In this paper, a case is made for mainstreaming gender into global women's health programming and policies. The potential implications of conflating "gender" with "women'" in the design and evaluation of women's health programming are first considered. HIV/AIDS case studies are then used to depict examples of (a) where gender has been well integrated and (b) where policies fall short of gender mainstreaming. Finally, practical approaches to mainstream gender in a meaningful way into the design and evaluation of women's health programming and policies are provided for practitioners and researchers.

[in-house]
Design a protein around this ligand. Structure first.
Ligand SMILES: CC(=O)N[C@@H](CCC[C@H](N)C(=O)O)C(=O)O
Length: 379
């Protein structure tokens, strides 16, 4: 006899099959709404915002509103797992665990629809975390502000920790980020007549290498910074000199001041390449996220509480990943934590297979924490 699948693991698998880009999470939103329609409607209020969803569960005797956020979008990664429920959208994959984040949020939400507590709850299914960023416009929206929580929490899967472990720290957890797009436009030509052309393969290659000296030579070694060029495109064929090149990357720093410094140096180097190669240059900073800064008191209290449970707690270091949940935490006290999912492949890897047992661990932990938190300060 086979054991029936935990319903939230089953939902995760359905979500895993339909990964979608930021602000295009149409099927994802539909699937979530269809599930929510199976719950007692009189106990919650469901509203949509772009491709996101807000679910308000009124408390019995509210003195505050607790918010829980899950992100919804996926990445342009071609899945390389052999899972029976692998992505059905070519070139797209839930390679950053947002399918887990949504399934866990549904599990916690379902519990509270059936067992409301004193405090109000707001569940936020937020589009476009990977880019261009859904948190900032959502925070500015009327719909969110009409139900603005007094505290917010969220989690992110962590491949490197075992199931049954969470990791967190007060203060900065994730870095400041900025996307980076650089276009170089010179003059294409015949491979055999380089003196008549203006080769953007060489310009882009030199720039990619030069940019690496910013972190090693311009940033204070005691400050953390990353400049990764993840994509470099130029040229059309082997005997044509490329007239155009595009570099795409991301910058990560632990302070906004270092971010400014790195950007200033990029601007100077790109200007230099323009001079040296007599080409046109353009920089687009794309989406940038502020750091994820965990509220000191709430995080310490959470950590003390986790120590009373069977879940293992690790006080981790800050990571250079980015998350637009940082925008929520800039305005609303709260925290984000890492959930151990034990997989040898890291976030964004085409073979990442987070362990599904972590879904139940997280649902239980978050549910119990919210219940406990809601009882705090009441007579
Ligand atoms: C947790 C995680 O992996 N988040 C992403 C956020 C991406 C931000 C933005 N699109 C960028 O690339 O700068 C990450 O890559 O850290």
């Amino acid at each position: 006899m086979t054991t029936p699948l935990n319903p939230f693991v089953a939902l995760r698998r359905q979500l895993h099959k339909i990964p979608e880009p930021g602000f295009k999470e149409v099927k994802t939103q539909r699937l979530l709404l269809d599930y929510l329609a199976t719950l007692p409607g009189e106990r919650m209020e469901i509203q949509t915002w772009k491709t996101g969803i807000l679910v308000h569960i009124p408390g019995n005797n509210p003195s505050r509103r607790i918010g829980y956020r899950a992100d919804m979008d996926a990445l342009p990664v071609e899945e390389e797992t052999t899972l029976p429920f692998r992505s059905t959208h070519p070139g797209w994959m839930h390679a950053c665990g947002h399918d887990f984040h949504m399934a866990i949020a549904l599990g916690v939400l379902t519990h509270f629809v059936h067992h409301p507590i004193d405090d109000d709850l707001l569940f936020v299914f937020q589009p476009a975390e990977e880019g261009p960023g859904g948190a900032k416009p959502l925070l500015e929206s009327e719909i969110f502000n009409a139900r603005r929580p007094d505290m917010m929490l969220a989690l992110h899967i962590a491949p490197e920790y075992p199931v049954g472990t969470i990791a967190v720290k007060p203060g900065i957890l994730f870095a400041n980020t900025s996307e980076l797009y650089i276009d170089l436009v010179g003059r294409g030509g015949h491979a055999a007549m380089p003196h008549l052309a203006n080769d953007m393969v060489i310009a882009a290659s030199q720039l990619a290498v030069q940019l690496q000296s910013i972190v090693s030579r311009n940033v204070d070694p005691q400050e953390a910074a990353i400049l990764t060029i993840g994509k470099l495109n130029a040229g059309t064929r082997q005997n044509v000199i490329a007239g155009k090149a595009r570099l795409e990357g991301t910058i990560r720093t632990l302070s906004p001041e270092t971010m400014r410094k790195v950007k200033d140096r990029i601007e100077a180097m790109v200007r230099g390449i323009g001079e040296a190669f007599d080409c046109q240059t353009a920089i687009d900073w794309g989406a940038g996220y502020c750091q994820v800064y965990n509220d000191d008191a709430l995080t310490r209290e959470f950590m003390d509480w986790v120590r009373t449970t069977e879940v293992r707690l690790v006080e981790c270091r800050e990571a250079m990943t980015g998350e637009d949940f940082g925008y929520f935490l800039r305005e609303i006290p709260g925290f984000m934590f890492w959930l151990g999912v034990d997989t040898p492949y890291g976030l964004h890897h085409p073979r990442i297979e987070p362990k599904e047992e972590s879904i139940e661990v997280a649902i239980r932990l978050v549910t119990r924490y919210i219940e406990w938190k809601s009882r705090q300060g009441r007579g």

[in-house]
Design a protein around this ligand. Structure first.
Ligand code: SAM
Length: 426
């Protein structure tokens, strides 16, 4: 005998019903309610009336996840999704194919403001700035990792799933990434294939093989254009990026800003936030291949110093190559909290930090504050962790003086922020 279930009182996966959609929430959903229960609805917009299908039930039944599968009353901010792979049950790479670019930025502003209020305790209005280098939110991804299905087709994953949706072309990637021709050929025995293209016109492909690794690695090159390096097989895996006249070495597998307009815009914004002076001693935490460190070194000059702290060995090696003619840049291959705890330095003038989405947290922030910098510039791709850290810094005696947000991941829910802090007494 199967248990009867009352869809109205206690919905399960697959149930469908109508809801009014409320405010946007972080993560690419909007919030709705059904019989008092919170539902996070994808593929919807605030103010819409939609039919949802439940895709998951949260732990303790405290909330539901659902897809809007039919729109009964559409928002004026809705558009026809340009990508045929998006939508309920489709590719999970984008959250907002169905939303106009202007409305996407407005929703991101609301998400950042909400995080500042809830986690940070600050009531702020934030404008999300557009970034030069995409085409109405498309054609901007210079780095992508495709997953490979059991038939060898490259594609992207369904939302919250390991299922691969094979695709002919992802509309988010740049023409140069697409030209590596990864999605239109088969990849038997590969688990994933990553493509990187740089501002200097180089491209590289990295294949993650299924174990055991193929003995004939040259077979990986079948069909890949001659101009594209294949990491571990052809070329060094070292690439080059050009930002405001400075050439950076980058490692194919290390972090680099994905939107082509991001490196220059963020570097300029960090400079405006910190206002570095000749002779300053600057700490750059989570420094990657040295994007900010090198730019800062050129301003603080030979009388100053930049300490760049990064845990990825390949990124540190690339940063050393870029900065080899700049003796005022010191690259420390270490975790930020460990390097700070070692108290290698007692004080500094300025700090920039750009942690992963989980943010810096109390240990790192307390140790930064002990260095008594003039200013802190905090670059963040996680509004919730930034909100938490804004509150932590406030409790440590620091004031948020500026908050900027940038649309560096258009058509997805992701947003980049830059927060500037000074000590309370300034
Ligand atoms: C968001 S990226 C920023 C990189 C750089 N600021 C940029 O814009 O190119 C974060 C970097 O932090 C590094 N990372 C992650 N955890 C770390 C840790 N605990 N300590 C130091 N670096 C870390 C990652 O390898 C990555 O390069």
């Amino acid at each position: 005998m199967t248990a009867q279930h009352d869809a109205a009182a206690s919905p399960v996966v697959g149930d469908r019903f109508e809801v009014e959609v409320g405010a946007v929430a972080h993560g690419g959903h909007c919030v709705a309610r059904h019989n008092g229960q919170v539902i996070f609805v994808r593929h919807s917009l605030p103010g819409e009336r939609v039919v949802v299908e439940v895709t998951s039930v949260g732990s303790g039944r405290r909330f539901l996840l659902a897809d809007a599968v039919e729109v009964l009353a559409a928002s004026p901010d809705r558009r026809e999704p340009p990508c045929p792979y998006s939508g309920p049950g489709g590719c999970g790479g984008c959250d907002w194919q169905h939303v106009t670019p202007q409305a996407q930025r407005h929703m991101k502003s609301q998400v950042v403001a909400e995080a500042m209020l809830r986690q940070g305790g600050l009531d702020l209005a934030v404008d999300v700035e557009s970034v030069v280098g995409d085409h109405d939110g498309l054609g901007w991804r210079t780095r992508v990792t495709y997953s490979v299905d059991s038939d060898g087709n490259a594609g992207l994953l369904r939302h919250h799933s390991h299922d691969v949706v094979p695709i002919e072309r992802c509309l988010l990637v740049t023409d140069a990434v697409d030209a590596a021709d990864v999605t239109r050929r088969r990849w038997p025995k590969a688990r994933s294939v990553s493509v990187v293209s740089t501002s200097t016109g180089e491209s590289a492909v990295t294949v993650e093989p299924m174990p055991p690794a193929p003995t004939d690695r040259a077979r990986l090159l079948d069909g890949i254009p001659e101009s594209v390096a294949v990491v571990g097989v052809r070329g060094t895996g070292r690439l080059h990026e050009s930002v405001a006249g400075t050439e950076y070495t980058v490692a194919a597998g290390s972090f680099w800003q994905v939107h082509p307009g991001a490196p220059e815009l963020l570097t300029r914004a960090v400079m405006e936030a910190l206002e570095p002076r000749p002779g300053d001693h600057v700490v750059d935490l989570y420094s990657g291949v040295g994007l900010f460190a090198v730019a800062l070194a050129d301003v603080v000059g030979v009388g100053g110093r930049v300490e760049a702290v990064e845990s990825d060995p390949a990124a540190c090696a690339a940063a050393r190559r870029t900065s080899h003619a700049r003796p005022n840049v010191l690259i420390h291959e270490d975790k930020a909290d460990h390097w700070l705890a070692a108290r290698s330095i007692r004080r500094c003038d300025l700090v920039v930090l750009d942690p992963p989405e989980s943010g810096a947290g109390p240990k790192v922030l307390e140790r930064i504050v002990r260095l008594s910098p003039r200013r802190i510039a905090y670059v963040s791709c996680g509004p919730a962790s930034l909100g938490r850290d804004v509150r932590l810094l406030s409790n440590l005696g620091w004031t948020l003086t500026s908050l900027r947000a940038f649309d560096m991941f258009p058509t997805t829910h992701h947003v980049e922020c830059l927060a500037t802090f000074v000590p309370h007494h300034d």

ASJC Scopus subject areas
- Health Professions(all)